Salary: : $30/hour
Age: : 49
Years on the job: : 31
How he got started: : Knowing he didn't want to go into the military or on to college, Tony Revels began working at the port of Baltimore as a longshoreman before he graduated from high school. His father also worked at the port as a longshoreman, and the two had a chance to work side by side until his father, Jesse, who has since passed away, retired in 1993. Revels calls that experience "awesome."
The job is a union position, and Revels belongs to the International Longshoremen's Association Local 333.
Typical day: : "Every day is different," Revels said about his job. He usually works 50 to 60 hours a week, but his days and hours vary and are determined by the number of vessels that come in and out of Baltimore's Seagirt Marine Terminal or Dundalk Marine Terminal. About three to six ships usually arrive each day.
The port operates seven days a week, 24 hours a day, with only a few holidays. Revels must call at 4 p.m. to find out when he'll be working the next day, and he is often on call.
As a longshoreman, it's his job to unload and load cargo from ships. He's trained to operate most of the equipment at the port, including forklifts, top loaders, bulldozers and cranes.
For most of his 31 years he has worked as a lasher, which involves securing containers, cars and cargo to be shipped or loosening the cargo and getting it ready to be unloaded. The work is physically demanding and includes climbing on the containers to properly secure them.
"I loved it, but my body started to wear out," he said.
Recently, Revels began taking on the job of crane operator, which involves moving the containers on and off the ship. The towering cranes, with an operator cab about 120 feet off the ground, offer a great view of the waterfront and surrounding area, Revels says. The job is less physically demanding but one where safety is a constant issue.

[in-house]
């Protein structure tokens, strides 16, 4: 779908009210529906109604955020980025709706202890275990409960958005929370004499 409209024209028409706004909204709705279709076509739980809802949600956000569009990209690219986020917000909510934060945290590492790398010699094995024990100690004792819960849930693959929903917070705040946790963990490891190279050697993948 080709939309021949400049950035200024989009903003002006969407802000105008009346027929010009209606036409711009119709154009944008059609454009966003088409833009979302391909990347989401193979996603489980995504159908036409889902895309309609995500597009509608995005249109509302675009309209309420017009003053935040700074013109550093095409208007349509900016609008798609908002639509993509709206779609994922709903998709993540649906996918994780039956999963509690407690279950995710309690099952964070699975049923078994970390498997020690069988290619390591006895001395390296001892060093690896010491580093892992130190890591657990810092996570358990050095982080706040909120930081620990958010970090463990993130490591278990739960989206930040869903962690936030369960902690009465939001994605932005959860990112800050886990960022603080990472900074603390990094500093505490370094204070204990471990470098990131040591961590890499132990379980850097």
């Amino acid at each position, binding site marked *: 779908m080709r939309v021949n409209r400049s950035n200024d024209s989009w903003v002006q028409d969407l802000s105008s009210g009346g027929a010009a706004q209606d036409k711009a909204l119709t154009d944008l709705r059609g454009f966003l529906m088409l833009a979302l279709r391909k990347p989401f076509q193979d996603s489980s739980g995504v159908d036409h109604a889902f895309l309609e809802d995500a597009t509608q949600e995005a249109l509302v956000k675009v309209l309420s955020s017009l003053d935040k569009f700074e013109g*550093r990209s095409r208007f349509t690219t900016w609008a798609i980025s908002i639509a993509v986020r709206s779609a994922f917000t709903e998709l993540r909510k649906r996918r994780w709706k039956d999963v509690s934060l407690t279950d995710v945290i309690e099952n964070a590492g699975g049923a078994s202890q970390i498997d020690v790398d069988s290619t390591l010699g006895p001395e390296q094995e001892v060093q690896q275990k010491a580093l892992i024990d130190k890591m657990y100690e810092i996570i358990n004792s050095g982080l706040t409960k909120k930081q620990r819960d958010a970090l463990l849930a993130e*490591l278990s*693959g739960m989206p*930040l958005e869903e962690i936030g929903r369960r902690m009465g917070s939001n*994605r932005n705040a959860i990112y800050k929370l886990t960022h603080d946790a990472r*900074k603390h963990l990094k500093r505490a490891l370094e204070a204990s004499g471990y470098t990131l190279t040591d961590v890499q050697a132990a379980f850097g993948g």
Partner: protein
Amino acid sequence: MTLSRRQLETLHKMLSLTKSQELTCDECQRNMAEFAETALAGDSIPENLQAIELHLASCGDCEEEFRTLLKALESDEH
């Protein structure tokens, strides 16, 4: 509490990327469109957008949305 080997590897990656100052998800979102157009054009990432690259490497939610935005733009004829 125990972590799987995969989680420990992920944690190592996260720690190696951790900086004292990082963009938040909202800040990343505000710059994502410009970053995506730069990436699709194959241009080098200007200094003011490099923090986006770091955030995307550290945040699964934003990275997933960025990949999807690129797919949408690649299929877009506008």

Quickness on the job also counts, as the port of Baltimore averages moving 37 containers per hour.
Changes to the job: : With increased technology and better equipment, the number of longshoremen's jobs has decreased over the years, but work has remained steady, and the port and the state do a good job of competing with other ports along the East Coast, Revels says. Overall, the port of Baltimore is ranked 12th nationally for total dollar value of foreign cargo and 14th for foreign cargo handled.
Strange cargo: : Revels has helped to load the Moscow Circus and the Batmobile, and unload live cattle with a veterinarian onboard to deliver calves. "Just when you think you've seen it all, you see something different. There's never a dull moment."
Family tradition: : Revels not only had the opportunity to work alongside his father, but also with two brothers and a brother-in-law. His son, Tony Jr., and four nephews are continuing the tradition. Revel's 17-year-old son, Austin, is also contemplating a job at the port.
The good: : "The fact that I never know what I'm going to do from day to day or how long I'll work," he says. "I couldn't handle routine."
The bad: : Although not having a set schedule is something he enjoys, it's also hard to make plans in advance and can be stressful for his family. "It's a double-edged sword."
Philosophy on the job: : "Don't ever bad-mouth your job," Revels said he tells his son who works at the port. "This job has been taking care of your family for 50 years."